Electric school buses at more than twice the cost? Maine lawmakers to consider, starting today

Left: Assistant Senate Majority Leader Sen. Eloise Vitelli, sponsor of LD 1894. Right: Speaker Sara Gideon, who voted with Sen. Vitelli to declare the bill an emergency in Maine’s Legislative Council.

AUGUSTA – Is Maine facing an emergency requiring public school districts to purchase electric school buses at more than twice the cost in order to mitigate climate change? Senator Eloise Vitelli thinks so, and she wants to pass a law to have Maine’s public school districts transition over to 100% electric school buses over the next two decades, beginning immediately.

Senator Vitelli’s bill would begin to set aside money in the current budget to purchase replacement buses or in addition to buses already in school bus fleets and establish a training program for school bus mechanics. It also requires the Maine Department of Education to do an assessment of adding new school bus administrators to manage the new electric bus fleet.

According to Adam Crepeau, a policy analyst at Maine Heritage Policy Center says electric buses have a fraction of the driving range that current buses have, which will severely impact schools ability to use them for longer trips for sporting events, field trips and other experiences for students. Electric school buses have a range of only 100-135 miles, compared to the 400-mile range of most buses currently in use.

Cost to taxpayers is also a big issue according to Crepeau. Electric school buses cost about $230,000 each. That’s more than twice what a school bus costs now. Crepeau also says an optimistic assessment of the savings a school might realize from purchase of an electric school bus after more than a decade is about $20,000, although those savings may not always be realized because of maintenance costs and other expenses. Some buses, Crepeau says, may be retired for mileage at the 10-year mark before the school district breaks even.

Maine schools already spend $753.93 per student on transportation, according to data from the Maine Department of Education from 2017-18.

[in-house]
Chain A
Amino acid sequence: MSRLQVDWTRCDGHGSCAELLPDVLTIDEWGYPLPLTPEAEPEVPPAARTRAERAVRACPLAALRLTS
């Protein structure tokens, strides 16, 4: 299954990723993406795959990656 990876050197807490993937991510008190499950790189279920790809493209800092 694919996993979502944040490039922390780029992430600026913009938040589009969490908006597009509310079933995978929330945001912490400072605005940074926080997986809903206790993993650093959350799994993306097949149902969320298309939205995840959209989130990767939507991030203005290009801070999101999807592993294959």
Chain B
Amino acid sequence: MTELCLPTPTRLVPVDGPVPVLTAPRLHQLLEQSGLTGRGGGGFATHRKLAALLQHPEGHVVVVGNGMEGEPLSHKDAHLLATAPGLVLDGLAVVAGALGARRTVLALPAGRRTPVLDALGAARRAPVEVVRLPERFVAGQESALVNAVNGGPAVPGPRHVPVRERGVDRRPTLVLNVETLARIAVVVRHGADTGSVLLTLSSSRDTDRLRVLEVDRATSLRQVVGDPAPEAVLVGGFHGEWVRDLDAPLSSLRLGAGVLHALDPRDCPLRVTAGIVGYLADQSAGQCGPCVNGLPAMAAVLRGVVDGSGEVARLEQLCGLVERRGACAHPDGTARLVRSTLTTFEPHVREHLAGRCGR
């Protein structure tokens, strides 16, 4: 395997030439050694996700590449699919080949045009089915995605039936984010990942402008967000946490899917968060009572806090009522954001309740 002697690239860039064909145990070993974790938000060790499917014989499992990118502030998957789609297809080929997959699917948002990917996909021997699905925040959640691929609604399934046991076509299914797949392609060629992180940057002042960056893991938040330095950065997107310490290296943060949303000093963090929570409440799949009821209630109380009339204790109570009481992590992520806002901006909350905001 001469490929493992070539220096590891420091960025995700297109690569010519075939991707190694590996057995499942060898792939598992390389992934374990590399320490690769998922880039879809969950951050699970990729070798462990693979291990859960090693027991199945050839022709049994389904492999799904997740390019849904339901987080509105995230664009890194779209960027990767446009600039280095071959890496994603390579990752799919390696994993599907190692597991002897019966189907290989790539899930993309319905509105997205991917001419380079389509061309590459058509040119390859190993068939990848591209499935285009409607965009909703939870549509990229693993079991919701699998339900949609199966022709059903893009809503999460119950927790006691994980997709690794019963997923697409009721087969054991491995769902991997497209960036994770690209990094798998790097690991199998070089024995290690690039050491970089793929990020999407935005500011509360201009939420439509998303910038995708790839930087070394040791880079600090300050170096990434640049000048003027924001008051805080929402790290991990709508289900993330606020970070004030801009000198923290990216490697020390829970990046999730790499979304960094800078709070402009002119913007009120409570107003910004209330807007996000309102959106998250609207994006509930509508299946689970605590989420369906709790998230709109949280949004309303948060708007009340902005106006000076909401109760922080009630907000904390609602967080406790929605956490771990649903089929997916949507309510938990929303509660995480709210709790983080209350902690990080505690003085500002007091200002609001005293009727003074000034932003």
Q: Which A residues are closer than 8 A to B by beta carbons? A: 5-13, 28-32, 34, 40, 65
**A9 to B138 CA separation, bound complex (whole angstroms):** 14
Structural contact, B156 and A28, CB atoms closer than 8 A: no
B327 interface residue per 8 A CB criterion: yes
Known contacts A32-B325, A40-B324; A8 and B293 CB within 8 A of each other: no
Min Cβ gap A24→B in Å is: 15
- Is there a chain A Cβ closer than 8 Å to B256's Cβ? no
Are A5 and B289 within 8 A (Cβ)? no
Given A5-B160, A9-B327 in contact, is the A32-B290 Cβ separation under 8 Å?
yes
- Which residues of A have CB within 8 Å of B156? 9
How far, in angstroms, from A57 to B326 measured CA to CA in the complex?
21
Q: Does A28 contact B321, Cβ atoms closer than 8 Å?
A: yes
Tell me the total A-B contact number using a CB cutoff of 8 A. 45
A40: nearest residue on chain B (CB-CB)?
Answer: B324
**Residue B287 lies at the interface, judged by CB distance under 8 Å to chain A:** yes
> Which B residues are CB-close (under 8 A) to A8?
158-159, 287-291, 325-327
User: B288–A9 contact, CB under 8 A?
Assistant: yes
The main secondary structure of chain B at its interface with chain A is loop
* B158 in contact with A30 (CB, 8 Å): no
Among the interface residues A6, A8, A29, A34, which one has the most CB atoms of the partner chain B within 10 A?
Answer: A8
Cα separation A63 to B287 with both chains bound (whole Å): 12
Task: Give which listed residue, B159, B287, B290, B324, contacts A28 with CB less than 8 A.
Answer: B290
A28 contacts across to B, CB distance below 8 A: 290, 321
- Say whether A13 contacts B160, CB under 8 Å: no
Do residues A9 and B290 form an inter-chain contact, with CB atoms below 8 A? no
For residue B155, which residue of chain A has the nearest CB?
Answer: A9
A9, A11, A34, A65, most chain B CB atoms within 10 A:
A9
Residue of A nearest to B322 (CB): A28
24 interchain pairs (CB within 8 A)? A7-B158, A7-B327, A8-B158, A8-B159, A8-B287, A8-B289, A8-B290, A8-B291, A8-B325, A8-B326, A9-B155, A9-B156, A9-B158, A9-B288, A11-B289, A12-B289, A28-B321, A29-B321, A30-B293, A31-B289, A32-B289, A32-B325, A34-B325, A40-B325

Still, the six Democrat members of the Maine Legislature’s Legislative Council deemed Vitelli’s proposal an “emergency” and voted 6-4 in favor of deeming Vitelli’s bill an “emergency” to allow it into the second session of the legislature.

Along with Vitelli, Speaker Sara Gideon, Senate President Troy Jackson, Senate Majority Leader Nate Libby, and Speaker Gideon’s two lieutenants, Reps. Matt Moonen and Ryan Fecteau voted to move Vitelli’s bill forward as an emergency.

The emergency preamble of the bill, shown below, would mean the bill goes into effect immediately upon passage, bypassing the 90-day enactment period of regular legislation:

Emergency preamble. Whereas, acts and resolves of the Legislature do not become effective until 90 days after adjournment unless enacted as emergencies; and

Whereas, to mitigate the effects of climate change, this Act requires the Department of Education to take certain actions related to the transition of the fleet of public school buses to electric school buses; and

Whereas, climate change poses a substantial and immediate threat to the economy, natural resources and public health of the State; and

Whereas, in the judgment of the Legislature, these facts create an emergency within the meaning of the Constitution of Maine and require the following legislation as immediately necessary for the preservation of the public peace, health and safety; now, therefore,”

A public hearing on Senator Vitelli’s bill will be held today, Wednesday, January 15th, 2020 by the Legislature’s Education and Cultural Affairs Committee at 1pm. The hearing will be held in Room 208 of the Cross Building, adjacent to the Maine State House.

Senator Vitelli’s proposal dovetails with Governor Janet Mills’ decision last year to create a $5 million grant program to provide rebates for Maine people and government entities to purchase electric vehicles and build charging stations in some parts of Maine. Other proposals have also come forward in the Maine Legislature, including proposals to raise taxes on heating oil and multiple proposals to raise the gas tax on Maine drivers.

You can read the full text of the bill, L.D. 1894 “An Act To Incentivize the Purchase of Electric Public School Buses” here:


Read Public Testimony from Adam Crepeau, policy analyst at Maine Heritage Policy Center:


Read the roll call vote of the Legislative Council deeming LD 1894 an emergency (page 70):


Link to Education and Cultural Affairs Committee page:


Read Adam Crepeau’s analysis at The Maine Wire:

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